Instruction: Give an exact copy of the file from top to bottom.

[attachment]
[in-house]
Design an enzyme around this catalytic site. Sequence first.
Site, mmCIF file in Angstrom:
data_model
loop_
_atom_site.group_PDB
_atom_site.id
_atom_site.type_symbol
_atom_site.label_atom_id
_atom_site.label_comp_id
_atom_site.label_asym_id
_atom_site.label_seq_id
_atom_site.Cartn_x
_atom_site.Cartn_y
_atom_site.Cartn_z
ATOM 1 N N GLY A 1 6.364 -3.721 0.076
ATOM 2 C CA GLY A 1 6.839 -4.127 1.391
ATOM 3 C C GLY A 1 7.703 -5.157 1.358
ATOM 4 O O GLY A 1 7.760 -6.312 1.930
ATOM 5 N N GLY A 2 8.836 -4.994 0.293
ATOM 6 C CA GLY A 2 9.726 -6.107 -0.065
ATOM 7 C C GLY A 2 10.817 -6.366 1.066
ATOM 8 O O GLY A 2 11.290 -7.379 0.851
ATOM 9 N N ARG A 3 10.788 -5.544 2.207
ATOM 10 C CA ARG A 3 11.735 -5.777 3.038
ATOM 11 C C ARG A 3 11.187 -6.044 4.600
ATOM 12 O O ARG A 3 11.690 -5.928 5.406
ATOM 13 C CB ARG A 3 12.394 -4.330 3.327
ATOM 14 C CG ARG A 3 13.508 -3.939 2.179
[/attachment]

[in-house]
Design an enzyme around this catalytic site. Sequence first.
Site, mmCIF file in Angstrom:
data_model
loop_
_atom_site.group_PDB
_atom_site.id
_atom_site.type_symbol
_atom_site.label_atom_id
_atom_site.label_comp_id
_atom_site.label_asym_id
_atom_site.label_seq_id
_atom_site.Cartn_x
_atom_site.Cartn_y
_atom_site.Cartn_z
ATOM 1 N N GLY A 1 6.364 -3.721 0.076
ATOM 2 C CA GLY A 1 6.839 -4.127 1.391
ATOM 3 C C GLY A 1 7.703 -5.157 1.358
ATOM 4 O O GLY A 1 7.760 -6.312 1.930
ATOM 5 N N GLY A 2 8.836 -4.994 0.293
ATOM 6 C CA GLY A 2 9.726 -6.107 -0.065
ATOM 7 C C GLY A 2 10.817 -6.366 1.066
ATOM 8 O O GLY A 2 11.290 -7.379 0.851
ATOM 9 N N ARG A 3 10.788 -5.544 2.207
ATOM 10 C CA ARG A 3 11.735 -5.777 3.038
ATOM 11 C C ARG A 3 11.187 -6.044 4.600
ATOM 12 O O ARG A 3 11.690 -5.928 5.406
ATOM 13 C CB ARG A 3 12.394 -4.330 3.327
ATOM 14 C CG ARG A 3 13.508 -3.939 2.179